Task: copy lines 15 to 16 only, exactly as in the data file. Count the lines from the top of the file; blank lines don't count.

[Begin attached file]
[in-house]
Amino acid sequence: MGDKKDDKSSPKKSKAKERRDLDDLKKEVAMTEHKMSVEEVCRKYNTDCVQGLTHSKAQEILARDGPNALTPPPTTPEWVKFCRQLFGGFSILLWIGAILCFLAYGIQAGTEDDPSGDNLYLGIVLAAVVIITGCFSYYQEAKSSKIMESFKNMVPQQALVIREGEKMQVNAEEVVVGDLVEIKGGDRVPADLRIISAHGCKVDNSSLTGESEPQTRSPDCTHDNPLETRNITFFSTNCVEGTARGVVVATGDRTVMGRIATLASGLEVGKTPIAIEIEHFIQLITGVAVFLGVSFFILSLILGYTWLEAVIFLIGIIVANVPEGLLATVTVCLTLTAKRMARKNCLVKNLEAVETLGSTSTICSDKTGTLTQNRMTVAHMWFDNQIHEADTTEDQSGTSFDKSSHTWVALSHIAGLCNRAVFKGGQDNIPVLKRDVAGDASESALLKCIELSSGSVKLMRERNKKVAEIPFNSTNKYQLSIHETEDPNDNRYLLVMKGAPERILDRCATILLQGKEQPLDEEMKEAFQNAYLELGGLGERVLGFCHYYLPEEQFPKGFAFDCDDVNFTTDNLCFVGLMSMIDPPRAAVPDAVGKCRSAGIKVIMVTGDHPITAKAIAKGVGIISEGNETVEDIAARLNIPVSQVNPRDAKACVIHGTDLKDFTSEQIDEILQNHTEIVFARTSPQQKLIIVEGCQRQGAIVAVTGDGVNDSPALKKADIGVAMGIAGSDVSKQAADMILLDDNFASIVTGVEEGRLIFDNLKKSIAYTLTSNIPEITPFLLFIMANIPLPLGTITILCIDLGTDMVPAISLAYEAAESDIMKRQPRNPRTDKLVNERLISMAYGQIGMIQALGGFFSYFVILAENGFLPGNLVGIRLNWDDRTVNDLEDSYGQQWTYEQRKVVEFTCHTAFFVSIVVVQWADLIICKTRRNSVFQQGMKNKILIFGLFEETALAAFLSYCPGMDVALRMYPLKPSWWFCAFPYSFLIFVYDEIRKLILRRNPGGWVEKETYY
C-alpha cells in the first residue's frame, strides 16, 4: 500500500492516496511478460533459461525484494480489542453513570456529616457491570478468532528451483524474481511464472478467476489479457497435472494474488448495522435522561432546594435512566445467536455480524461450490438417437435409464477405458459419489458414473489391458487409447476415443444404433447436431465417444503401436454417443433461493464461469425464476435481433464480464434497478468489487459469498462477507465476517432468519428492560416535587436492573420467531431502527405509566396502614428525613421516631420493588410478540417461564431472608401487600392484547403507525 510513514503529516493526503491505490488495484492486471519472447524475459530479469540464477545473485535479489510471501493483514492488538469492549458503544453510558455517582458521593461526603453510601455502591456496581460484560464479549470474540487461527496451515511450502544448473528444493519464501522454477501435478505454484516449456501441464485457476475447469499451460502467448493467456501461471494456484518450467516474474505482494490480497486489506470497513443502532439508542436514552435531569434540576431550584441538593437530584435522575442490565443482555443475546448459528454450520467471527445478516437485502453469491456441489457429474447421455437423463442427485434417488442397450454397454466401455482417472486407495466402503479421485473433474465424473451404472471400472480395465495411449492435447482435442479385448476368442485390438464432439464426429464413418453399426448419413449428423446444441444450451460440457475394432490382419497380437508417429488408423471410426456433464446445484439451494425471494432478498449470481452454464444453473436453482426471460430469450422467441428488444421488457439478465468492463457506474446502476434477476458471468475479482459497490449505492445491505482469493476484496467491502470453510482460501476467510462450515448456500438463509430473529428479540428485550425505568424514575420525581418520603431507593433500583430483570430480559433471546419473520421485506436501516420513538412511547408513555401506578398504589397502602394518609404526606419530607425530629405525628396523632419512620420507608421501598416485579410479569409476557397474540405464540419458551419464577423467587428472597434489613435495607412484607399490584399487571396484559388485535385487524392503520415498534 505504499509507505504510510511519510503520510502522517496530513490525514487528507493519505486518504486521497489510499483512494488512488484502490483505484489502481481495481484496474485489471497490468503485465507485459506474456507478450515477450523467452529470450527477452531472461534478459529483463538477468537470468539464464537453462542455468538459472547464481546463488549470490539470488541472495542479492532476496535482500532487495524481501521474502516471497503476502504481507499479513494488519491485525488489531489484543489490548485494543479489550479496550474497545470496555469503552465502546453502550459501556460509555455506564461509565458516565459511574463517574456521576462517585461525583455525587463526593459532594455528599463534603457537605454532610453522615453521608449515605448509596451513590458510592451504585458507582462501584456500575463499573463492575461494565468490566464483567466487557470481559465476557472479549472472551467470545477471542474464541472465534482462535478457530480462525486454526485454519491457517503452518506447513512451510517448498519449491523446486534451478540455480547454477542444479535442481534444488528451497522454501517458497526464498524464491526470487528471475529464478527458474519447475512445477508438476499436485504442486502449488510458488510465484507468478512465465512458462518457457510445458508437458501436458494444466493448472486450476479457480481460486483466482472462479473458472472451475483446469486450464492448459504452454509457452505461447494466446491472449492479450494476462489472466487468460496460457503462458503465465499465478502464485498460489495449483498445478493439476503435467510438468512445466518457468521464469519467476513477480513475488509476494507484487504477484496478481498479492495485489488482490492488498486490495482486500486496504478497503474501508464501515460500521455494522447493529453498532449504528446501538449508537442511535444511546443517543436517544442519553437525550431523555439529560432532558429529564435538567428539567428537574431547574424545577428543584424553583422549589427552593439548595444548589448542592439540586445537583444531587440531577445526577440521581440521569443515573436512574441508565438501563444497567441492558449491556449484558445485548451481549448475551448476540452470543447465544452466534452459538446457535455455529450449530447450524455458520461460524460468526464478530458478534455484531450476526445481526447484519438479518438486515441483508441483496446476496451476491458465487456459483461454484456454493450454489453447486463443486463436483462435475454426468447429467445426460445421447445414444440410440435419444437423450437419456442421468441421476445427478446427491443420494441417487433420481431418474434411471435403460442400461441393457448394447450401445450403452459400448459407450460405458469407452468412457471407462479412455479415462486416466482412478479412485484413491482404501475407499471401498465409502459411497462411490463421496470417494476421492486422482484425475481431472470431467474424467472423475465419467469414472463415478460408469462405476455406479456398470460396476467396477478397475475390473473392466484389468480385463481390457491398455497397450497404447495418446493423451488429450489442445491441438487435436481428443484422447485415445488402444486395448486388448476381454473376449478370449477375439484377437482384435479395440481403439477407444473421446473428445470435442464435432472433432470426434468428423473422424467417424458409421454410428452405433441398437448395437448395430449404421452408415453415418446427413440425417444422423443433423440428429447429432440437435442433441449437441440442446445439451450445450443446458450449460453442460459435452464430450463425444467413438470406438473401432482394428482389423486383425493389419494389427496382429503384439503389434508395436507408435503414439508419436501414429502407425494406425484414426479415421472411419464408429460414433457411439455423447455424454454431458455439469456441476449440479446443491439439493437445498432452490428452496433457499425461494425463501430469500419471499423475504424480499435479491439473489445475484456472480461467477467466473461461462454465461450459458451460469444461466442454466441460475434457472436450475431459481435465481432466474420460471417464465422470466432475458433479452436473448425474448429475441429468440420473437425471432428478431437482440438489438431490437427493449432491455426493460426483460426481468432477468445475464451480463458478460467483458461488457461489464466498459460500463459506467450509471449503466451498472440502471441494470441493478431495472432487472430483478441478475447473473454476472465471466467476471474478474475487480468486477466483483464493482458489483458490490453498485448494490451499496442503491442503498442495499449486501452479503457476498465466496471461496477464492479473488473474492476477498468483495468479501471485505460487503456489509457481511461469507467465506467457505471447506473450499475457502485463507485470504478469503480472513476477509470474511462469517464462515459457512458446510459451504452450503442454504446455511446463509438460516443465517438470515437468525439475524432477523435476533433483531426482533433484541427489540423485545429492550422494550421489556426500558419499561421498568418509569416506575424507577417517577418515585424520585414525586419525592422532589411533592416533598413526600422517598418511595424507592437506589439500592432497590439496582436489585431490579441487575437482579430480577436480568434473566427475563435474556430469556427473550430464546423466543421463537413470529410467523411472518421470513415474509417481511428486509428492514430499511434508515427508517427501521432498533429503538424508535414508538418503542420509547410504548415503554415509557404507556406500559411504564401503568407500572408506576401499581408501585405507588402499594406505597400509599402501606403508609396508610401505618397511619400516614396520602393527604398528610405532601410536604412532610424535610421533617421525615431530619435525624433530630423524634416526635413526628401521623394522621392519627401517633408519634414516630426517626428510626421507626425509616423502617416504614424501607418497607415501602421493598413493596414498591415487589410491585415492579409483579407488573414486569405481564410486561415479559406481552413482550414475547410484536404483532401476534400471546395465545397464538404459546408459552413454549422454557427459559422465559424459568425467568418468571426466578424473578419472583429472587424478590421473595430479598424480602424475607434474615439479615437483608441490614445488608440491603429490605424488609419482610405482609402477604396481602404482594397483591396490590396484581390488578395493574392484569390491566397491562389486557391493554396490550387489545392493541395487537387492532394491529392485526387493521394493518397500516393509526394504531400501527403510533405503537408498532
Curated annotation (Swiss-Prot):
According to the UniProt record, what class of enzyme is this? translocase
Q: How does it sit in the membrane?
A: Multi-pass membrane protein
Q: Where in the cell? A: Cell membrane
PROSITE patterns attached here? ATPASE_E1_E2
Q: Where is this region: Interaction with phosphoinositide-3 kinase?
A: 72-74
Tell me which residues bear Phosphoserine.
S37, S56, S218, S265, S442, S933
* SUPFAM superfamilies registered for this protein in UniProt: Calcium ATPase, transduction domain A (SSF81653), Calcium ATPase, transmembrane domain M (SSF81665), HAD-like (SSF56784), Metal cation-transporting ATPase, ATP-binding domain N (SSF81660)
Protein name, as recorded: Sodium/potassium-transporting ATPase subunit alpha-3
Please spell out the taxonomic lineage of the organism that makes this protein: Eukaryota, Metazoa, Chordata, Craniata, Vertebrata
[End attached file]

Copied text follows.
Protein name, as recorded: Sodium/potassium-transporting ATPase subunit alpha-3
Please spell out the taxonomic lineage of the organism that makes this protein: Eukaryota, Metazoa, Chordata, Craniata, Vertebrata